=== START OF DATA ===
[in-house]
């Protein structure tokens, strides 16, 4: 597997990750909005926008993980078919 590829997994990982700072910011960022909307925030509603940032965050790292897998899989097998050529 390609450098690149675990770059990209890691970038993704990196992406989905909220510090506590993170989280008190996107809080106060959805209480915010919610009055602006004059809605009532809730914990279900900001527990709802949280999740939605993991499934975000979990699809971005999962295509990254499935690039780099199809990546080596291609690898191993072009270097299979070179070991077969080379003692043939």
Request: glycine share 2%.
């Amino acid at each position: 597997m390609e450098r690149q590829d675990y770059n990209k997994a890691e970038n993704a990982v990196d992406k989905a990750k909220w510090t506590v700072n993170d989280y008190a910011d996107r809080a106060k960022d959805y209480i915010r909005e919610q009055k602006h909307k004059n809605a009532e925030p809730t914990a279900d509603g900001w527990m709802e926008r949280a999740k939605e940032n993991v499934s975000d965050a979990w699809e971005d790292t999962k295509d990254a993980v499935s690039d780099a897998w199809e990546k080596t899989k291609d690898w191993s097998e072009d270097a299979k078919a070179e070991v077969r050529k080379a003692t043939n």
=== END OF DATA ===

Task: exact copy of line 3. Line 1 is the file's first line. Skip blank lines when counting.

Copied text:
Request: glycine share 2%.